Amber and several artist friends decided to put together a group art show to see if they could make a little extra money just before the holidays.
All of the work in the show was priced affordably, the products were juried for quality and uniqueness, and combined with the perfect timing of the holiday gift giving season, became an enormous success.
“It was going to be a one-time thing,” Amber said. “We just wanted a platform to sell our things. We didn’t really think a whole lot would come from it.”
Once again, the Perrodin’s little idea took off.
“We had a ton of people apply to be in show, and we were blown away by the turnout,” Amber said.
The next year, they applied for and received funds from the A&P Commission to rent out half of the Fayetteville Town Center, which allowed them to accept even more artists and accommodate more shoppers.
The third year, they rented both halves of the space, and last winter the show was packed with more than 80 artist booths and over 4,000 shoppers despite a pretty severe ice storm that hit the city the night before the show.
The show includes all manner of handmade things, from local art prints, to paintings, hand-crafted jewelry, locally roasted coffee, leather products, home decor, t-shirts, and more.
This year, The Little Craft Show stands to expand even further, with the addition of a second day for shoppers to peruse the locally-made creations.
“We’re hoping to double the amount of shoppers this year,” Amber said. “I think we were on the verge of having 6,000 to 8,000 people last year and we probably would have if it wasn’t for the ice storm.”
As if the online art supply business, and creating what has quickly become one of the most anticipated annual holiday shopping events in Fayetteville each year wasn’t enough, the Perrodins have a few other irons in the fire.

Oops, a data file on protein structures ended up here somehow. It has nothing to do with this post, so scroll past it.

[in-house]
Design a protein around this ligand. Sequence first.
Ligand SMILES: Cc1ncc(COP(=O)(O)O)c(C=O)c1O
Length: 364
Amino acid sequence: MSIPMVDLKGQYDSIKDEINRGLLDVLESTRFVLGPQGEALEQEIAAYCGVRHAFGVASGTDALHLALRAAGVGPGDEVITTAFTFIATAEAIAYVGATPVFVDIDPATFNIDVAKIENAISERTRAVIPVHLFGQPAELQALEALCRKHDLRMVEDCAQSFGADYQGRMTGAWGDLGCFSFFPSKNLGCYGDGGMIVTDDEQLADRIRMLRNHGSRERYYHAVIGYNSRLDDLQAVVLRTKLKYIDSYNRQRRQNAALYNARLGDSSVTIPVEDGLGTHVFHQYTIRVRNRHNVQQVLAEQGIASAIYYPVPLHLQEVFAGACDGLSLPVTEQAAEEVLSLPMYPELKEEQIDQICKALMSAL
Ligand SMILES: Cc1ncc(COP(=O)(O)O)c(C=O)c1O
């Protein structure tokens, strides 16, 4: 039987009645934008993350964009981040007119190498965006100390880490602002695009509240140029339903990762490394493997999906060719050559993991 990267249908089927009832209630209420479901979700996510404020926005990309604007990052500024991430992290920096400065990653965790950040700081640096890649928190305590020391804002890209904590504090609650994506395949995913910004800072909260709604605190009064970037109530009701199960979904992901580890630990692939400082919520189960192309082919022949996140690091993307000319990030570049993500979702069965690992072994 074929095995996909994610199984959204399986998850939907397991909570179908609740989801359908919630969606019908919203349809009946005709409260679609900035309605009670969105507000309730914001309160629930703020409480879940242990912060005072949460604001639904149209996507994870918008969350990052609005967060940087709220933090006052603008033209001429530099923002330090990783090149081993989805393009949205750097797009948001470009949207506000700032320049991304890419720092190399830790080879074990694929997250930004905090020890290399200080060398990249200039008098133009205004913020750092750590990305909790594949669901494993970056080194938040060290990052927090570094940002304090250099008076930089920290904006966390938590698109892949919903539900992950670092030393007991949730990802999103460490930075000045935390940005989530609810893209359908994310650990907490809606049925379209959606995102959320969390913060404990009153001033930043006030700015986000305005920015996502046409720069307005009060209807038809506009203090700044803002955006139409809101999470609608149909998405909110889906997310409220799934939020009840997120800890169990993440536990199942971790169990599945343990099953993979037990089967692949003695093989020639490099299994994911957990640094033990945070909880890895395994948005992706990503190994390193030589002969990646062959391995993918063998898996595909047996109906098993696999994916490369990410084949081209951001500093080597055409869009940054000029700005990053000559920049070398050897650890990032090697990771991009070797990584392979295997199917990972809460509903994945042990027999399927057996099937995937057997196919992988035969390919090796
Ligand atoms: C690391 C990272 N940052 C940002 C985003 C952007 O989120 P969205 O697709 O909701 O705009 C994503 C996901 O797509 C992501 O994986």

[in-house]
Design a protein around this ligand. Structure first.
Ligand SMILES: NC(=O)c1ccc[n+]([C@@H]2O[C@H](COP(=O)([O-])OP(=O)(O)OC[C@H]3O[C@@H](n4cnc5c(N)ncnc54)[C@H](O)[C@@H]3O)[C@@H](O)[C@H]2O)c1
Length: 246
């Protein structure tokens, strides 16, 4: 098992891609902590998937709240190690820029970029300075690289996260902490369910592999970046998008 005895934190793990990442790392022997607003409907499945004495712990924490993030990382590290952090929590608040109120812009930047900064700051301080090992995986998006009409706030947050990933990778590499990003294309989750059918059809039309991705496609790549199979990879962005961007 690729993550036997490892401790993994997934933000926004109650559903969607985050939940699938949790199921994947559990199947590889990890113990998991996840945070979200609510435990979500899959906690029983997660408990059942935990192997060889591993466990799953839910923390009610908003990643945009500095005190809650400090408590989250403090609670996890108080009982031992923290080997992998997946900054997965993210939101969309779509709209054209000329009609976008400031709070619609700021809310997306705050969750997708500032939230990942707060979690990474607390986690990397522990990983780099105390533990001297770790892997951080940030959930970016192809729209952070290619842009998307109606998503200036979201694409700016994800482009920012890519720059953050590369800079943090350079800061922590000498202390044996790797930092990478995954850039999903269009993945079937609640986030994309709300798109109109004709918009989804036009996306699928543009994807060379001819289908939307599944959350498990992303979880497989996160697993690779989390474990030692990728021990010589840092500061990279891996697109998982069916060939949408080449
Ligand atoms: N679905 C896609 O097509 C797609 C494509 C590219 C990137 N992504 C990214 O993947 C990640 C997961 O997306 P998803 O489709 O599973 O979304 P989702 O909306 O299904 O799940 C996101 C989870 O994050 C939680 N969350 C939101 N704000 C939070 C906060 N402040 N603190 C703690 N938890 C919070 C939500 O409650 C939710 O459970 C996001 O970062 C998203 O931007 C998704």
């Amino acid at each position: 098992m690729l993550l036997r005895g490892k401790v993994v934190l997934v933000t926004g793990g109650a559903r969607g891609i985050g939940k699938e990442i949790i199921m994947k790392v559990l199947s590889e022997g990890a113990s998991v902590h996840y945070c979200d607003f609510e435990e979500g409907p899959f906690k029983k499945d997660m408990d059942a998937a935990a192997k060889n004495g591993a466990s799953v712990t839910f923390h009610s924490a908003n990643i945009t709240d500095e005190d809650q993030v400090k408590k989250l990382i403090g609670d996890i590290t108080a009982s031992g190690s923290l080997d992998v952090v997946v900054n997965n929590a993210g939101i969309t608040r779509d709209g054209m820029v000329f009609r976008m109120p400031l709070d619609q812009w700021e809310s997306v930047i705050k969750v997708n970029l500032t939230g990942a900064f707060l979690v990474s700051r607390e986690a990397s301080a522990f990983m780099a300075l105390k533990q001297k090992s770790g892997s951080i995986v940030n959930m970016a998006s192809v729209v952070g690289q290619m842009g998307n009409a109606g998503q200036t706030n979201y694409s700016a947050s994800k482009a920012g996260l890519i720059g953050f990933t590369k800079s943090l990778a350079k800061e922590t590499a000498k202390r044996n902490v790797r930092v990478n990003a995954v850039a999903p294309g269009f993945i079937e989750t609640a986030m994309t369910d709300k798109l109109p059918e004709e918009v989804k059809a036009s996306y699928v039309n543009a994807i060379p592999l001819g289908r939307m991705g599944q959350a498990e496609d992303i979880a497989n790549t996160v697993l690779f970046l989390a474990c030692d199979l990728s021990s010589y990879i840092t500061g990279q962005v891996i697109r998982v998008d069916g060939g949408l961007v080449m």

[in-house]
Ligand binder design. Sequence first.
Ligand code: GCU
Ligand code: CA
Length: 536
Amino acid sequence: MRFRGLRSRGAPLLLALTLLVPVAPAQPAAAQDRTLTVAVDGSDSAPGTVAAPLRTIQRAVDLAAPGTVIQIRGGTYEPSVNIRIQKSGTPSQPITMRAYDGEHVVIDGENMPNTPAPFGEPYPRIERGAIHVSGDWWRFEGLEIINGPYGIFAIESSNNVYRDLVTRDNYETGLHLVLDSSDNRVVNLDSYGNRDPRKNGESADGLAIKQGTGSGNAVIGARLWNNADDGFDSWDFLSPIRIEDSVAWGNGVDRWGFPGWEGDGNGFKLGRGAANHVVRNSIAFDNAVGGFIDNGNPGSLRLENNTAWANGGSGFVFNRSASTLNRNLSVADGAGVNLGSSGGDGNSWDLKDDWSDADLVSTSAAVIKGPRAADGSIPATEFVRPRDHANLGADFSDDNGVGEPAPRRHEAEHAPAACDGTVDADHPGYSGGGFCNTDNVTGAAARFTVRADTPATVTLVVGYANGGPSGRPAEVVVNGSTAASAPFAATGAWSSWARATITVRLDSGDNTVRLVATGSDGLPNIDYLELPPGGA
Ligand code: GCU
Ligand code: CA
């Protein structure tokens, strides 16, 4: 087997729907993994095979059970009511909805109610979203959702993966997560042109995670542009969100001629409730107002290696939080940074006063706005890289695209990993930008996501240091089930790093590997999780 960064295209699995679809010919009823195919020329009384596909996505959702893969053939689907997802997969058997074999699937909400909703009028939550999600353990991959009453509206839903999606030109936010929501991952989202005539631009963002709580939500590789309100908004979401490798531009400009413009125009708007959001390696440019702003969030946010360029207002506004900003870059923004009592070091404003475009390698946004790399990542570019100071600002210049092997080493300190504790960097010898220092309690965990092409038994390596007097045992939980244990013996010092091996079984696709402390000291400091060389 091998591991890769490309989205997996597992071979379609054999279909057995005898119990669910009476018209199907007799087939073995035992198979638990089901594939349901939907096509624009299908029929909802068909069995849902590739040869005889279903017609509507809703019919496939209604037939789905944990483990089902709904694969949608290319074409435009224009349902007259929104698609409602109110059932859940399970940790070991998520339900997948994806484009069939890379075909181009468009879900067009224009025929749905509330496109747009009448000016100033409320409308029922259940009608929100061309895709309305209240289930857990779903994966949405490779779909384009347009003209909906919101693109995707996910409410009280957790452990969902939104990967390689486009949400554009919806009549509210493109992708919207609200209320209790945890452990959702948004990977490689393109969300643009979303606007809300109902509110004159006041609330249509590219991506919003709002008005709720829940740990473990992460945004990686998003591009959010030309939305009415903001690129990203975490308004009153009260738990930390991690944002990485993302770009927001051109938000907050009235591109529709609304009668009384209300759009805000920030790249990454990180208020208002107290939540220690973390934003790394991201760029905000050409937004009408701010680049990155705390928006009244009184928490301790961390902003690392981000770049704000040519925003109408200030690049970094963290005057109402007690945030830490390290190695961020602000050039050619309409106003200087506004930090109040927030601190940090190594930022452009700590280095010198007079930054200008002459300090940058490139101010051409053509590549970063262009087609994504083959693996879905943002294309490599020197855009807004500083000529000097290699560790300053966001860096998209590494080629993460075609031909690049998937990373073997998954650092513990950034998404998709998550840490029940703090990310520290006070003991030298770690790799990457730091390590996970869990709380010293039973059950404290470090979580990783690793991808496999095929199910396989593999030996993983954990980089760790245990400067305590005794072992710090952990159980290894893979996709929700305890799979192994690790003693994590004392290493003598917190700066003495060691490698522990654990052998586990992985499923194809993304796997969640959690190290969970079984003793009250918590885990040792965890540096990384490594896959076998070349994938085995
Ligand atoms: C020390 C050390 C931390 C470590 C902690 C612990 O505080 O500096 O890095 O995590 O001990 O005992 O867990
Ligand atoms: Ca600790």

The couple recently created a social media campaign around their hometown of Springdale that has been embraced by residents and city leaders alike.
The Perrodins started the phenomenon, called Team Springdale, out of simple admiration for their hometown, with maybe a side of frustration around how the city is portrayed by some folks around the region.
“We basically were tired of hearing all these negative things about Springdale,” Jonathan said. “Not that some of those things aren’t justified, but these people are missing a lot of things about Springdale that are really awesome.
“Before, it was like Springdale just didn’t know how to show off its best qualities,” he said.
The Perrodins took it upon themselves to change some of the perceptions of their beloved city, starting with simply showing it some love on an Instagram account they created. They tagged artful photos they took of little nooks and quirks that they loved about the city with the #teamspringdale label, highlighted local businesses, and before long others who lived in and loved the city followed suit.
Soon, t-shirts and meet-ups around town with like-minded Sprindalians followed, to the point that it has become a rallying cry for the city. Lately, even the local Chamber of Commerce and Visitor’s Center’s have taken notice of the sudden influx of Springdale pride.
The Perrodins aren’t quite sure what to do with the phenomenon they created, but they’re encouraged by the feedback they’ve received so far. The Instagram account has over 2,400 followers, and the accompanying Facebook page has more than 3,300 fans.
“It boils down to us just wanting to put a positive image on the city,” Jonathan said. “We just want to make this a better place to live.”
The Perrodins are putting their money where their heart is with Team Springdale, as well.
They recently purchased a 3,200-square-foot warehouse in the city, where they’re planning to create a new artist and community event space called The Hatchery.
The space is a couple years from being ready, they said, but the plan is to offer studio space for local artists and crafters, teach workshops on how to run a local creative business, host art shows and other special events.
All of these seemingly unrelated projects keep the Perrodins extremely busy, but as diverse as they are, they do have one thing in common. They are all about creating communities.
“Community has always been really important to us,” Jonathan said. “I just recently put those dots together, but there is continuity to what we’ve done since we were in college.
“It’s all about pulling people together with common interests,” he said.